Yasmin Amin’s school in Syria is shaken as bombs are dropped by MiG jets overhead. She runs outside to find two buildings already crushed by the attack and mobs of people lying injured or dead in the streets.
This was the first time she truly feared for her life.
“When I was 17, my teacher told me the bombs went off beside my home” says now 20-year-old Yasmin Amin.
“I was very shocked and worried because of my family,” she says. Knowing that her parents were in the house and her younger brother often played in the streets, Amin rushed home to find that her family had survived.
It was just another day.
Yasmin and her family immigrated to London on Sept. 25, 2015. She is one of 10 to earn the Syrian Refugee student award at Western to help fund her undergraduate degree. The award covers both tuition and living costs and is open by application to Syrian citizens or residents who have been admitted to a Western University degree program.
She has begun classes this September, but it was only a year ago that her life completely changed.
Growing up in Damascus, the capital of Syria, Yasmin and her family were exposed daily to the civil war between President Bashar al-Assad’s government and the rebel forces, known as the Free Syrian Army.
In protest, the streets of Yasmin’s city were filled with people carrying signs, delivering speeches and joining in on chants all in opposition of Syrian government. “Especially on Friday when people finish praying and go out to the mosque, they meet each other in a specific square and they yell against the government,” she recalls.
Yasmin explains that such protests and marches continued every day, with death tolls rising as the Syrian army fought back using guns, weaponries and mortar. “It was really terrible as many bombs would fall down and bury the marchers,” she says. “Even students when they finished school would go out and request improvement in their education.”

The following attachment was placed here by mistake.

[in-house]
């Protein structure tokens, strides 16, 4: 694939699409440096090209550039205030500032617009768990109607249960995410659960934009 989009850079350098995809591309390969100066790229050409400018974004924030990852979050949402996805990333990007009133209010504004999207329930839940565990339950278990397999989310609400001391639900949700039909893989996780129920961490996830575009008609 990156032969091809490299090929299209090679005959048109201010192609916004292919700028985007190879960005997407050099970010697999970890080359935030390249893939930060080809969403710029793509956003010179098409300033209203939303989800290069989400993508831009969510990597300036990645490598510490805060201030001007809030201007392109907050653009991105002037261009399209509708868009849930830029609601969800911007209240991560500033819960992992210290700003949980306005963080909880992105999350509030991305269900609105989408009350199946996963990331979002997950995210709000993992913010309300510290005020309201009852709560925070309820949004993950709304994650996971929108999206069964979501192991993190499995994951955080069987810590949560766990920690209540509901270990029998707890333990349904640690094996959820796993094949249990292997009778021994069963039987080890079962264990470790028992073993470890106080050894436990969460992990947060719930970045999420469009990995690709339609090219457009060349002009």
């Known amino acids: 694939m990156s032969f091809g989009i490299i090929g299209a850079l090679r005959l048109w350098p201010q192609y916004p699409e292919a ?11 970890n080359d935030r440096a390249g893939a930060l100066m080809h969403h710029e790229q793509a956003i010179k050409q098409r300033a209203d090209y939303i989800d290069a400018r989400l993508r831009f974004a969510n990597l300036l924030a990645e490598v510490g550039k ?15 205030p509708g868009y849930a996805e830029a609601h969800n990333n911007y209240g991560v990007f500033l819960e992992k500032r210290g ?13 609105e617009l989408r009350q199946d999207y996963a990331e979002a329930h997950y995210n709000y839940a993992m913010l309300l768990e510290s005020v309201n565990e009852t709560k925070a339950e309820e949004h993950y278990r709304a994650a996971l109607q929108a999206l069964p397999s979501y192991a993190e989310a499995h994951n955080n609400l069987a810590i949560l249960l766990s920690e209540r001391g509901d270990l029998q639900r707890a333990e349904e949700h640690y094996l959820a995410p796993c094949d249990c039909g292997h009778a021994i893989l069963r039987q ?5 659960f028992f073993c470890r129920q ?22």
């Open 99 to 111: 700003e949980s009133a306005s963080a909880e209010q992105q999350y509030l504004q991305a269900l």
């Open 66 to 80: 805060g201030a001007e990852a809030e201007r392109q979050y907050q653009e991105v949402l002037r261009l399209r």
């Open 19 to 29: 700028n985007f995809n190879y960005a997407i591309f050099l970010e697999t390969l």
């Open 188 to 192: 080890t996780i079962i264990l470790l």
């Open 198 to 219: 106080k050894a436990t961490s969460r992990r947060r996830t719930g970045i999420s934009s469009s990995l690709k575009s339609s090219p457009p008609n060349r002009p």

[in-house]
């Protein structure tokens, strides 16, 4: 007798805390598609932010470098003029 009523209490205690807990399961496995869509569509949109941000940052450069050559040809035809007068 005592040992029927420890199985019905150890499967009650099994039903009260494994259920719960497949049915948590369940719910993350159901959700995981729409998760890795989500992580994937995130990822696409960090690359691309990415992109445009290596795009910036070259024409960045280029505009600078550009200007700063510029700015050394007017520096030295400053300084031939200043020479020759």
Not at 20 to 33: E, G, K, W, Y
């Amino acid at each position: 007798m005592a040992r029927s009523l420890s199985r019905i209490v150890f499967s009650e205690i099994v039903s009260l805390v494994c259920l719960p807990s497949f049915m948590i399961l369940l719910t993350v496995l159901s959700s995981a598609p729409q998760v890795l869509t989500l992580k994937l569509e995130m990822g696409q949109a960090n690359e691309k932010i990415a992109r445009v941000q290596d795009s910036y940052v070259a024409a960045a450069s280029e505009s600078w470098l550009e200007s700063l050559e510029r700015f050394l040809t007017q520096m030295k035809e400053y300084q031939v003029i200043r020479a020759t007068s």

By 2013, the fighting moved from the streets to the sky, adding helicopters and MiGs (Russian fighter aircraft) to the mix. Schools were targeted due to their active protests.
Yasmin recalls that each morning an MiG would fly overhead, waking her up and scaring her too much to want to go outside. “I felt that bombs would fall down on my house” says Yasmin. “I couldn’t study for exams or do any homework. Actually, I was studying in the washroom because it was more safe than my room.”
After the boys’ school in her community was bombed, Yasmin had to seek medical attention for episodes of dizziness and a drop in blood pressure.
“In that time I was crying about what had happened because I couldn’t bear this war,” she says. “I was upset and worried about my life… I thought I was going to die.”
In grade 11, Yasmin and her family moved to Lebanon to flee the violence before immigrating to Canada.
She explains that it was difficult to leave her friends and other family members during the civil unrest. "My aunts still live in Syria," she frowns. "They live in a safer country, but only by a little bit."
Yasmin arrived in London with her parents and two brothers with the help of the Cross Cultural Learning Centre. They have since been overwhelmed by the city’s support.
After spending the summer studying at the Western English Language Centre to better her English, Yasmin is now studying biology in hopes of continuing in medical sciences.
“I am so happy to be here,” she says. “Everyone has been so friendly and welcoming,” referring to her CCLC counsellors, English teachers and academic support at Western.
Talking to Yasmin now over a Tim Horton's coffee between classes, she can hardly catch her breath as she rattles off friendships she's made and day trips she's gone on since arriving in London — Canada's Wonderland and Niagara Falls among her favourites.
The trauma from growing up in Syria has made Yasmin more grateful for her education, family and safety. She admits that her experience is part of the reason why she wants to become a doctor: to help people and improve human health.